A Lesson From My Mom

I was twittering back and forth earlier this week with an author friend of mine. She mentioned the movie “Saturday Night Fever” in her message, and… Wham. I was immediately tossed back to 1977. I was 11 then, and my mom had a HUGE crush on the Bee Gees. Yep, all of them, LOL. I remember her saying, “I’d really love to see that movie.”


“Ohhh, me too!” I’d said. It was, after all, an “R” rated grown-up movie. With disco, all the lights, and come on! There was the dancing! At least that’s what I remembered from the trailers. “Can I go?” I’ll bet anyone a million dollars that’s all my mom heard for a week straight.


Finally, after incessant pestering, she gave in and said yes. AND--I got to bring a friend! Big stuff back then, I tell ya. So, Saturday afternoon rolled around and off we went. I vividly remember “the talk” my friend and I had to endure before she bought the tickets. “You’ll hear bad words,” she said. “Just ignore them.”


Don’t get me wrong, here. My parents were your typical, middle class folks. They swore, occasionally. “Damn” flew around some, “hell” more often than that. I even remember a “shit” or two, LOL. But never, EVER, did I hear the “F” word, not from either one of them.


My friend and I sat in the row in front of my mom and sister in the theater, because, you know, we were just too cool to sit beside them. The movie started, and I was entranced right off the bat. With John Travolta strutting his stuff down the street in some way-too-tight pants, swinging a paint can in his hand, who wouldn’t be? And wow, there was like this huge bulge…


Yeah, even at eleven I noticed that.


To this day, I’ll never forget that first F-bomb thrown out. I turned in my seat and looked back at my mom. “Ignore it,” she repeated. So, I did. Turned out there were so many that I quickly became immune. The only part of the movie that still bugs me is the near-rape scene in the back of the car when they’re on the bridge. Gets me every time I see it.



The point to all this—yes, there is one—is how one simple tweet can so easily thrust me back in time. To a place I remember as somewhat happy. To a time when I didn’t have a care in the world and when hearing “bad words” was the worst thing that could happen to me.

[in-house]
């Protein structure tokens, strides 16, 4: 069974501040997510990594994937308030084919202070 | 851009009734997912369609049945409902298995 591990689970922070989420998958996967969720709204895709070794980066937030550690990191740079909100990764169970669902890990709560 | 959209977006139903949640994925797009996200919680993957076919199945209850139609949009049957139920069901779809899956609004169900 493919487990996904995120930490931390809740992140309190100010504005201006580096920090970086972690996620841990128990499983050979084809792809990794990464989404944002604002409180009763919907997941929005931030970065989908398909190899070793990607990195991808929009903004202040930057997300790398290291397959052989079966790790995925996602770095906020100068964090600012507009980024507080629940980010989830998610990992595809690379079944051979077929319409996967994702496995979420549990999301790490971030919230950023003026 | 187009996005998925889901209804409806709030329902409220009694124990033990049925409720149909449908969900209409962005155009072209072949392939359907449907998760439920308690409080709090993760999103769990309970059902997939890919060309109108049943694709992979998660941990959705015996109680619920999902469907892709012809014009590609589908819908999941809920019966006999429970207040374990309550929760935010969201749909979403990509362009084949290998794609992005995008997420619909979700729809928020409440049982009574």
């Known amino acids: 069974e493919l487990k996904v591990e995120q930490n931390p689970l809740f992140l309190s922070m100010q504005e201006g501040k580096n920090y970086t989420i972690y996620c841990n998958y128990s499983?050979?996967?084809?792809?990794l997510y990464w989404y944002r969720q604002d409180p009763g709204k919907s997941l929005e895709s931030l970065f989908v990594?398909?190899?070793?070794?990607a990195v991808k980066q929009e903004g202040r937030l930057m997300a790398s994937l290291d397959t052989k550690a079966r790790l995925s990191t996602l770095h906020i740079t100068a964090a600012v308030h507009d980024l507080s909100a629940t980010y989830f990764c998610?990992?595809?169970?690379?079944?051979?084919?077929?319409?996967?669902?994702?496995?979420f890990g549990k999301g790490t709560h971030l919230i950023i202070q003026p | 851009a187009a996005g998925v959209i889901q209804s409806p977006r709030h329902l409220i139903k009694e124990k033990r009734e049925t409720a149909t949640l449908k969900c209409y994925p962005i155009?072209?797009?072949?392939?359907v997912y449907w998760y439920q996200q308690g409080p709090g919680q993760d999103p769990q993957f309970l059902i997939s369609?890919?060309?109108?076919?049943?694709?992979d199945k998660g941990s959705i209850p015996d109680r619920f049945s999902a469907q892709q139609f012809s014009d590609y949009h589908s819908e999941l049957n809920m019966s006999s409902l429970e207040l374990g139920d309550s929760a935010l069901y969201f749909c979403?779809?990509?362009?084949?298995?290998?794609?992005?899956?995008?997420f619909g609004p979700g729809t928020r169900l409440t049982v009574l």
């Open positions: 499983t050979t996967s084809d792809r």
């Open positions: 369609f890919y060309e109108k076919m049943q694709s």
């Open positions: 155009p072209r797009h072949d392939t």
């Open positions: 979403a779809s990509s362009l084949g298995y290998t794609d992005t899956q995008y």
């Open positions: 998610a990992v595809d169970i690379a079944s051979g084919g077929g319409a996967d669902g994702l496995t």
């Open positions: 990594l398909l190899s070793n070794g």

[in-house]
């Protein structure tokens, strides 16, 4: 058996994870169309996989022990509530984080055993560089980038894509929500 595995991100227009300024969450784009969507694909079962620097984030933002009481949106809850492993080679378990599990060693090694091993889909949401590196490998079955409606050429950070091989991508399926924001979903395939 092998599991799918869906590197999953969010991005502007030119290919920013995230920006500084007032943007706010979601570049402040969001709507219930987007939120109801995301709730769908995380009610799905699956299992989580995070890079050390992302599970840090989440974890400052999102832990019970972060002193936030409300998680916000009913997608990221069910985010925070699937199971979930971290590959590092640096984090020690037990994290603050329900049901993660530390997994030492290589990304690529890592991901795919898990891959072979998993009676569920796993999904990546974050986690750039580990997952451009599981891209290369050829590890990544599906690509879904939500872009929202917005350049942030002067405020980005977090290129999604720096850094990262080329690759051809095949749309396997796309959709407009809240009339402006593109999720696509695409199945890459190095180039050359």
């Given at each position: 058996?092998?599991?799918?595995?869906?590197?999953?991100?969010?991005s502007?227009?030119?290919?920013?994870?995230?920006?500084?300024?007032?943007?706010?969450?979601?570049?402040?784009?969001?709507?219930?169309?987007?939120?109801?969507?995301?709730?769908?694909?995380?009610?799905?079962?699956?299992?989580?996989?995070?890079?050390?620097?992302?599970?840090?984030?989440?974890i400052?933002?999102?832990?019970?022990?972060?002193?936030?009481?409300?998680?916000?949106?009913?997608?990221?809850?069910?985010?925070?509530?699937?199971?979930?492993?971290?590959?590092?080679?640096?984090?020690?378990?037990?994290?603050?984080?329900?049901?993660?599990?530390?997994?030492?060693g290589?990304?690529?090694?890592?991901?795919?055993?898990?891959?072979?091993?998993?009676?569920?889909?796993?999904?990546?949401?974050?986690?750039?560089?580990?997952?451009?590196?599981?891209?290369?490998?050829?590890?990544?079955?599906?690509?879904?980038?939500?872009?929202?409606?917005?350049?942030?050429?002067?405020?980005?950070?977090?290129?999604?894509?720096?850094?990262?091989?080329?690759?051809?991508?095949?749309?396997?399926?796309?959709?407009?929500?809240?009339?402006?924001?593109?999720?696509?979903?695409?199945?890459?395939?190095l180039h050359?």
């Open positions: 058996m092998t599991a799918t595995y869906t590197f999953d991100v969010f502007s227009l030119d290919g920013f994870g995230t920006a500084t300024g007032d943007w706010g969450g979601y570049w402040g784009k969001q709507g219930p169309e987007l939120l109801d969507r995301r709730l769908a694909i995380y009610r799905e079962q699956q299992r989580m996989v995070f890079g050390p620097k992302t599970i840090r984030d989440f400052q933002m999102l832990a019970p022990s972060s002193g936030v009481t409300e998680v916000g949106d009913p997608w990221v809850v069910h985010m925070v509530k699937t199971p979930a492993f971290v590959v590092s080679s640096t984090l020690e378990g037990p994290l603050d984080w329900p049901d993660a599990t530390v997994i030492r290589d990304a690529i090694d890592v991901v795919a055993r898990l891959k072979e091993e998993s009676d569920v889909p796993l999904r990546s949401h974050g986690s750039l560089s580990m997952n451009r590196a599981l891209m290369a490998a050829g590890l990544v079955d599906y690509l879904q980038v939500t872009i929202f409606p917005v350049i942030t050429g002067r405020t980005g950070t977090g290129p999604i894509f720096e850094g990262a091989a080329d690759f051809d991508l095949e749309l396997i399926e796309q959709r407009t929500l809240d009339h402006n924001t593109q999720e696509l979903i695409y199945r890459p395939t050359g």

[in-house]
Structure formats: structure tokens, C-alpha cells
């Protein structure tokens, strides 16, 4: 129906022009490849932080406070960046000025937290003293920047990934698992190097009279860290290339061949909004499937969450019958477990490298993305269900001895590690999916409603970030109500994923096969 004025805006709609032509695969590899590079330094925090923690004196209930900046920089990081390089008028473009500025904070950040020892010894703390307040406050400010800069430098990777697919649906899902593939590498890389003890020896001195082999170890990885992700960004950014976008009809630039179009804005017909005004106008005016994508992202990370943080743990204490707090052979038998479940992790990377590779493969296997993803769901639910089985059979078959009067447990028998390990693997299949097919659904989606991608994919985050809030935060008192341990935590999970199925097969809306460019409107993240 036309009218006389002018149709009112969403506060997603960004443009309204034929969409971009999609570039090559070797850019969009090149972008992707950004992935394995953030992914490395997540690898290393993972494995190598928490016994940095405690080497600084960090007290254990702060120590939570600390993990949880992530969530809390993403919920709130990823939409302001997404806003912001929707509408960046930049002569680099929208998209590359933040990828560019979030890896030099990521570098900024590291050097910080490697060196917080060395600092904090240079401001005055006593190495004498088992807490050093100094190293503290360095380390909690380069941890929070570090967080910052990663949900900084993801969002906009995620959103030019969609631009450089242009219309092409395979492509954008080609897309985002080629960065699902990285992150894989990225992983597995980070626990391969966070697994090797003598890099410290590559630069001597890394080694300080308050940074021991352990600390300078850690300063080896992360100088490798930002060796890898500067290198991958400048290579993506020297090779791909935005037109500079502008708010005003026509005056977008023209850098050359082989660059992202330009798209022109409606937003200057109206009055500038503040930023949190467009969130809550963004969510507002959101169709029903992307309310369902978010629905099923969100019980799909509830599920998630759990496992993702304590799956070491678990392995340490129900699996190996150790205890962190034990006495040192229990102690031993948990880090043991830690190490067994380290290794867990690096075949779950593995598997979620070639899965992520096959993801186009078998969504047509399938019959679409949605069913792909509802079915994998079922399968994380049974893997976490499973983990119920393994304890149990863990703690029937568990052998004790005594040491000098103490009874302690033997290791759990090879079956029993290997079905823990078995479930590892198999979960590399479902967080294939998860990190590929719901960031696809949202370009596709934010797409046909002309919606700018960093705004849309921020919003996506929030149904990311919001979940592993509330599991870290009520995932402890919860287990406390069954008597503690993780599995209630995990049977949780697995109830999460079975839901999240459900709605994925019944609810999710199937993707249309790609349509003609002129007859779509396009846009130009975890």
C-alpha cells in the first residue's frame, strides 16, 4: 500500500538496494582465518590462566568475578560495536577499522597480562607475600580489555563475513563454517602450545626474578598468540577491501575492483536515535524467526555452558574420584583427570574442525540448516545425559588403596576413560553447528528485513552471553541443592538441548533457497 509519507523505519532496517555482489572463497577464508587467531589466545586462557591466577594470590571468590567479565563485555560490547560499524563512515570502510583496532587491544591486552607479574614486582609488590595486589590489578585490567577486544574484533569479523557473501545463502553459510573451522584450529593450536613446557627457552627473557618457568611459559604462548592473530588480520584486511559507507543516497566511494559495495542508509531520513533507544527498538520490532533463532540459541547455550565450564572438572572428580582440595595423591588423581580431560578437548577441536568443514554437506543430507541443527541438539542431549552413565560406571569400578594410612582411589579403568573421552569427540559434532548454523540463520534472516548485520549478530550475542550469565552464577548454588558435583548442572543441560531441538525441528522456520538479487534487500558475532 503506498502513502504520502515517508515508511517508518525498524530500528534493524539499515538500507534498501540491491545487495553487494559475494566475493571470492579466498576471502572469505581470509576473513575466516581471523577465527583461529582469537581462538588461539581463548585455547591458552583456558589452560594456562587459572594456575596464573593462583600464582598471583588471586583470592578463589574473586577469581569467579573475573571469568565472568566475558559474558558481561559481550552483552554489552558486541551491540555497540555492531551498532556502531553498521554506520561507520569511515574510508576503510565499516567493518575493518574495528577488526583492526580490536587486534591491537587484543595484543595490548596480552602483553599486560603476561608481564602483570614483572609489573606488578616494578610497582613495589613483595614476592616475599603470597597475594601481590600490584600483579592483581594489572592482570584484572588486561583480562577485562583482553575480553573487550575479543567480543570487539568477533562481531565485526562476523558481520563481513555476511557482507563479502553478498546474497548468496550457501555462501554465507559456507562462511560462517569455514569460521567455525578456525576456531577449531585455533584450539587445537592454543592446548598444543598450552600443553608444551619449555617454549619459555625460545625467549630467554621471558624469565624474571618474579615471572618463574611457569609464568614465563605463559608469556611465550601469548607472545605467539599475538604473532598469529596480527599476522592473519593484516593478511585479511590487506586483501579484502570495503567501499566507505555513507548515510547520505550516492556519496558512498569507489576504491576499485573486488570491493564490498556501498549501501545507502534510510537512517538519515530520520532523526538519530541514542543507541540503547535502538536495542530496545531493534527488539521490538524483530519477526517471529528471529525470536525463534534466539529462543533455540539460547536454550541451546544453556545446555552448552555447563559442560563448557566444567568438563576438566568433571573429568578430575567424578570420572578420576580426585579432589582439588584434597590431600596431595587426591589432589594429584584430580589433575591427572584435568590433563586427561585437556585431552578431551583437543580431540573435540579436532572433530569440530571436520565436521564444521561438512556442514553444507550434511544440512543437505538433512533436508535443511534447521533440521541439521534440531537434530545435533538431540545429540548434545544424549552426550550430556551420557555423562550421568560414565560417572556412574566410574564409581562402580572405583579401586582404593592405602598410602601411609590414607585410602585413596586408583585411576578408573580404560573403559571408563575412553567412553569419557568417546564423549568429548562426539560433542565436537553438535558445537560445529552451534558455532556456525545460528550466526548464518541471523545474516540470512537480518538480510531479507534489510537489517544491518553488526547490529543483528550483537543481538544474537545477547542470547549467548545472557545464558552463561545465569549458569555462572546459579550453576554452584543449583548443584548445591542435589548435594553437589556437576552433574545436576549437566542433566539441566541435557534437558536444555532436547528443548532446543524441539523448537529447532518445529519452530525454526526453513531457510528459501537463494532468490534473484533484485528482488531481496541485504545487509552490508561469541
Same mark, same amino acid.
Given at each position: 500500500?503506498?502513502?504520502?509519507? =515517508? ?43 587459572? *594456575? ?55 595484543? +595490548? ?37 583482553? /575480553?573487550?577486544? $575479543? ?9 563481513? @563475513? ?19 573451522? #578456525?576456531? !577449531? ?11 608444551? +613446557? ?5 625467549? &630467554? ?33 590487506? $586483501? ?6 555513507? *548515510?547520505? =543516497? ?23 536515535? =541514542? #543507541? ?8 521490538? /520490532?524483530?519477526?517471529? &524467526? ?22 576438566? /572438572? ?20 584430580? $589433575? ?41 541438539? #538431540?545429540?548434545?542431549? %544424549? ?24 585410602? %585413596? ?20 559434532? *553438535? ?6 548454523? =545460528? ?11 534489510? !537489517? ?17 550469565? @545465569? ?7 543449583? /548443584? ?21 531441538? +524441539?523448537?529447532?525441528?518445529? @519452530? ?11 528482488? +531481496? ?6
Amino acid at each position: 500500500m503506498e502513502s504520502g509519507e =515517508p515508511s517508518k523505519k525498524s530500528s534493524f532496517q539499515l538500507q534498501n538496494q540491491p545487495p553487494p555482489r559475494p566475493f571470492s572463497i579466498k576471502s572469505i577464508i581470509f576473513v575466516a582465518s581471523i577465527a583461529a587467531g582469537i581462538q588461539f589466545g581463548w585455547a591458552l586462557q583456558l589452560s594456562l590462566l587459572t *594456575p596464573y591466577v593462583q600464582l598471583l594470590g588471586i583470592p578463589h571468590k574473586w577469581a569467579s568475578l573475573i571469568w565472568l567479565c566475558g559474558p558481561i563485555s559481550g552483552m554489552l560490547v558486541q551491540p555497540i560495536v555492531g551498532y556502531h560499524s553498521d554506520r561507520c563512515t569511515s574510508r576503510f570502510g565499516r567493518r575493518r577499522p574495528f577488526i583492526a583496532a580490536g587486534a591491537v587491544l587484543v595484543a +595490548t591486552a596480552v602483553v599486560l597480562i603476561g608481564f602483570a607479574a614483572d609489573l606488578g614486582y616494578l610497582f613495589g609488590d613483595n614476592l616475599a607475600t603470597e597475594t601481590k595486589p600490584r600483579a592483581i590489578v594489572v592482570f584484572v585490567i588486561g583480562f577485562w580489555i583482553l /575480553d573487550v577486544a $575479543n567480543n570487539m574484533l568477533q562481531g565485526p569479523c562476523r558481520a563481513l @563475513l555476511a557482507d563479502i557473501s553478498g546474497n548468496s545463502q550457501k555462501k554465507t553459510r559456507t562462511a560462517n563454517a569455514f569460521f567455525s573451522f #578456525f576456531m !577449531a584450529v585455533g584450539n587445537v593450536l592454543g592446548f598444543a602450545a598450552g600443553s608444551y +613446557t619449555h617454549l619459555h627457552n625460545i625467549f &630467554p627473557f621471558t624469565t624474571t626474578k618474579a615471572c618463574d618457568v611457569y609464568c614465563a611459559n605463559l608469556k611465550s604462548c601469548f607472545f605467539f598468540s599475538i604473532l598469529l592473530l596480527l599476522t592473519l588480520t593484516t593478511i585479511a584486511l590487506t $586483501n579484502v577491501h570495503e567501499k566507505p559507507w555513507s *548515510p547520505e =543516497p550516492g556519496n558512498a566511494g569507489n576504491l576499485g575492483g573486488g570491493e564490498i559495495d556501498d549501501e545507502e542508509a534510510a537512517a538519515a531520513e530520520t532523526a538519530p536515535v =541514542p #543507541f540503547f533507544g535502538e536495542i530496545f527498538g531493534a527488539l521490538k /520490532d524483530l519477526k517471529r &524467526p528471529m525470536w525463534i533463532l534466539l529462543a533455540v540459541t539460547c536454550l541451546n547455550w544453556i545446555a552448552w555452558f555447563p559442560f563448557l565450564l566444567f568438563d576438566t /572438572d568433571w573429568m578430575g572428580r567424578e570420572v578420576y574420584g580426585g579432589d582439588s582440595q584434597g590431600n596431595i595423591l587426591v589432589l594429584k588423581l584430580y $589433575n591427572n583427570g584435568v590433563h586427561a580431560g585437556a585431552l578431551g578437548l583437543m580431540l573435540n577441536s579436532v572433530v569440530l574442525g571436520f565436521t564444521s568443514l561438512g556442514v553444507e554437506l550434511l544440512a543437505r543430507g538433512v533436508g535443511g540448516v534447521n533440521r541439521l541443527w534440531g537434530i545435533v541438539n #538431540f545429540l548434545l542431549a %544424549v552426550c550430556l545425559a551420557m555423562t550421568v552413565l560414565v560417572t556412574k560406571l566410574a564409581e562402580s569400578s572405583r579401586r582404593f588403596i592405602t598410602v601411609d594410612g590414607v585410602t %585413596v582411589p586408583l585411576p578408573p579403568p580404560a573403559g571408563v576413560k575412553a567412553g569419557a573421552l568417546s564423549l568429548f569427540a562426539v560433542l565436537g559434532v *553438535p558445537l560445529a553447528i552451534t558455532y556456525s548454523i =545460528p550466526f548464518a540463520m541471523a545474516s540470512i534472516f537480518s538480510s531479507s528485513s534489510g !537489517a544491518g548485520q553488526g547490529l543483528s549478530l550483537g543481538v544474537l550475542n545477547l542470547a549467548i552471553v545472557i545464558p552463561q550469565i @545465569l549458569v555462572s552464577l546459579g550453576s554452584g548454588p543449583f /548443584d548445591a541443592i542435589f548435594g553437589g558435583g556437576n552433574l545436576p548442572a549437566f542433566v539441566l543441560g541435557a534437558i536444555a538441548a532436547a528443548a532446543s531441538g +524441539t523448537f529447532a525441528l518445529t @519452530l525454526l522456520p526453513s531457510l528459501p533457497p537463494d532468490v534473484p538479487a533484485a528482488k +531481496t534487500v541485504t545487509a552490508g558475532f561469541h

If you follow us here at Fierce Romance and saw my first video-blog a week or so ago, you’ll remember me saying that my mom’s been ill. She has Alzheimer’s, and has gone downhill recently with some other medical complications. She doesn’t remember me anymore, and I know in my heart she wouldn’t remember seeing this movie with me, either. So much inside me rebels against that, screaming how it’s not fair and railing against how much it sucks. I'm nearly in tears as I type this part, because I can hear her so clearly inside my head. “Ignore it,” she’d say.


That doesn’t mean ignore her. It doesn’t mean ignore the illness. To me, it means ignore how much it hurts, at least for right now. Move forward in the movie. Move forward in life. Concentrate on what’s important, and work through it. The end is worth everything you have to go through to get there.


At least that’s what I’ve learned from listening to my mom.


Kristin Daniels

www.kristindaniels.com

http://www.facebook.com/authorkristindaniels
http://twitter.com/kristin_daniels

4 Responses
  1. December Says:

    *sniffle*

    You have some awesome memories!


  2. Nicole North Says:

    Wow, very touching post, Kristin! I'm sorry to hear about your mother's illness. Hugs to you.

    As a kid I loved the Bee Gees and had some of their records. But I didn't get to see the movie. No way! :) Anyway, great lesson and what a wonderful memory.


  3. Kristin Says:

    Thanks, D! Your tweet started it all! LOL.

    Nicole, thanks. It's been a very rough few months for me. And yeah, mom loved the Bee Gees so much, she took us to one of their concerts not long after the movie came out. I even have a bunch of their music on my iPod.


  4. Leona Says:

    Wow. Just Wow.

    Keep your memories like that fresh and it will help you cope with the feelings generated by your mother's "forgetfulness". My grandpa, the man I remember clearly as the only good man in my life before being adopted, has alzheimers. I'm sorry.

    The power of twitter, don't you know.

    I'm sitting in McD's listening to a guy who must have it. He's acting as if he's on a phone. Nope, just talking and randomly changing the subject. If half of what he says is a memory, than his life was exciting. But now, the kindness of the McDonalds team here in Toppenish WA to allow him to be here and hang out (not first time we've both ended up here at the same time) instead of chasing him off because he's different, is what is giving him a life.

    Good luck :)


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